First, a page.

Small and lightweight, the Sopwith Camel represented the state-of the-art in fighter design at the time. The Sopwith Camel shot down 1,294 enemy aircraft during World War I, more than any other Allied fighter. However, it was so difficult to fly that more men lost their lives while learning to fly it than using it in combat.
The Sopwith company rolled out the first Camel in December 1916. Although it owed much of its design to earlier Sopwith aircraft like the Tabloid, Pup and Triplane, the Camel was a revolutionary machine in a number of respects. The plane's twin Vickers machine guns were mounted side by side in front of the cockpit -- a first for British fighters and a design feature that became standard on British fighters for nearly 20 years. Second, the pilot, engine, armament and controls were all crammed into a seven foot space at the front of the airplane. This helped give the plane its phenomenal performance, but it also made the plane very tricky to fly. Additionally, the plane's wood and fabric construction and lack of protection for the fuel tank made the Camel (like most W.W.I. aircraft) very susceptible to fire. Moreover, the poor state of pilot training during 1916-1917 meant that the average life expectancy of an English pilot was little more than two weeks.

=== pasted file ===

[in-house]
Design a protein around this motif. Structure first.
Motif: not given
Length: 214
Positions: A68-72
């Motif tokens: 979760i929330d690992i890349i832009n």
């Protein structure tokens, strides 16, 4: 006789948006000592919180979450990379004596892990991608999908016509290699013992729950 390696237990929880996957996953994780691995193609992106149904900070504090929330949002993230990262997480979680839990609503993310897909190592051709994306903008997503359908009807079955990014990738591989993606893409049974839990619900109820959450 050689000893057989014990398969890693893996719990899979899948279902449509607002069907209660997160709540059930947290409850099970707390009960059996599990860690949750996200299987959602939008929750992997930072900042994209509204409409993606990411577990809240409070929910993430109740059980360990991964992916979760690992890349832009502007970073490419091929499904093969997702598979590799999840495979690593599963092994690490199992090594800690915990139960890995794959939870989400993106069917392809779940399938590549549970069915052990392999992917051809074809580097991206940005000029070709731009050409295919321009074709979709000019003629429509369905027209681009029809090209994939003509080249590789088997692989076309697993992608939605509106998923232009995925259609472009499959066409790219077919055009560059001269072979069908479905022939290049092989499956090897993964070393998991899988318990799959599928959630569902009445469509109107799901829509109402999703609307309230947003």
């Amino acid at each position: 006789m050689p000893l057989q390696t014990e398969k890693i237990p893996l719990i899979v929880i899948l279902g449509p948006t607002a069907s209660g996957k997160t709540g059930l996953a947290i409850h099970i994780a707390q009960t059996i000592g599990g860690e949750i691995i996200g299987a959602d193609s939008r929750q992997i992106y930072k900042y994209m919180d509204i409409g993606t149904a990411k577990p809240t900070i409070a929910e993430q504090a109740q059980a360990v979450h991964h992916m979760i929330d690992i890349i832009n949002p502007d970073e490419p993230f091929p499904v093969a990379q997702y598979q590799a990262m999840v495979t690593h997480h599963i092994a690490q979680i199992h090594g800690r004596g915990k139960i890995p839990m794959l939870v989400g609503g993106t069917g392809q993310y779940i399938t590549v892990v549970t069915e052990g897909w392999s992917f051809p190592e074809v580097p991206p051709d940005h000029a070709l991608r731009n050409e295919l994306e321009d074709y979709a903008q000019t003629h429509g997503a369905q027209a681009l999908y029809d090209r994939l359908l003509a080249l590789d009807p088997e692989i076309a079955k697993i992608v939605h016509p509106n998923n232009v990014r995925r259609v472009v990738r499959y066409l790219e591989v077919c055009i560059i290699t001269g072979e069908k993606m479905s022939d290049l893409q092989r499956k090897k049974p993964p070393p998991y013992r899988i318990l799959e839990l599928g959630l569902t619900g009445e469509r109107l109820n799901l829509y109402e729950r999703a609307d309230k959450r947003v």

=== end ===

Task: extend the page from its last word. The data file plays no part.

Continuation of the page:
In service, the Camel proved to be a huge success, despite its high accident rate. Camels fought all along the Western Front as well as being employed as night fighters and balloon busters. Some the earliest fighters used by the Royal Navy were Camels which were deployed from cruisers, battleships and even towed platforms. Additionally, Camels fitted with eight primitive air-to-air rockets proved to be very effective against German Zeppelins and long-range bombers.
The Sopwith Camel on display is a full scale flying replica built by Dick Day from original World War I factory drawings. The aircraft is fitted with original instruments, machine guns and an original Gnome rotary engine (something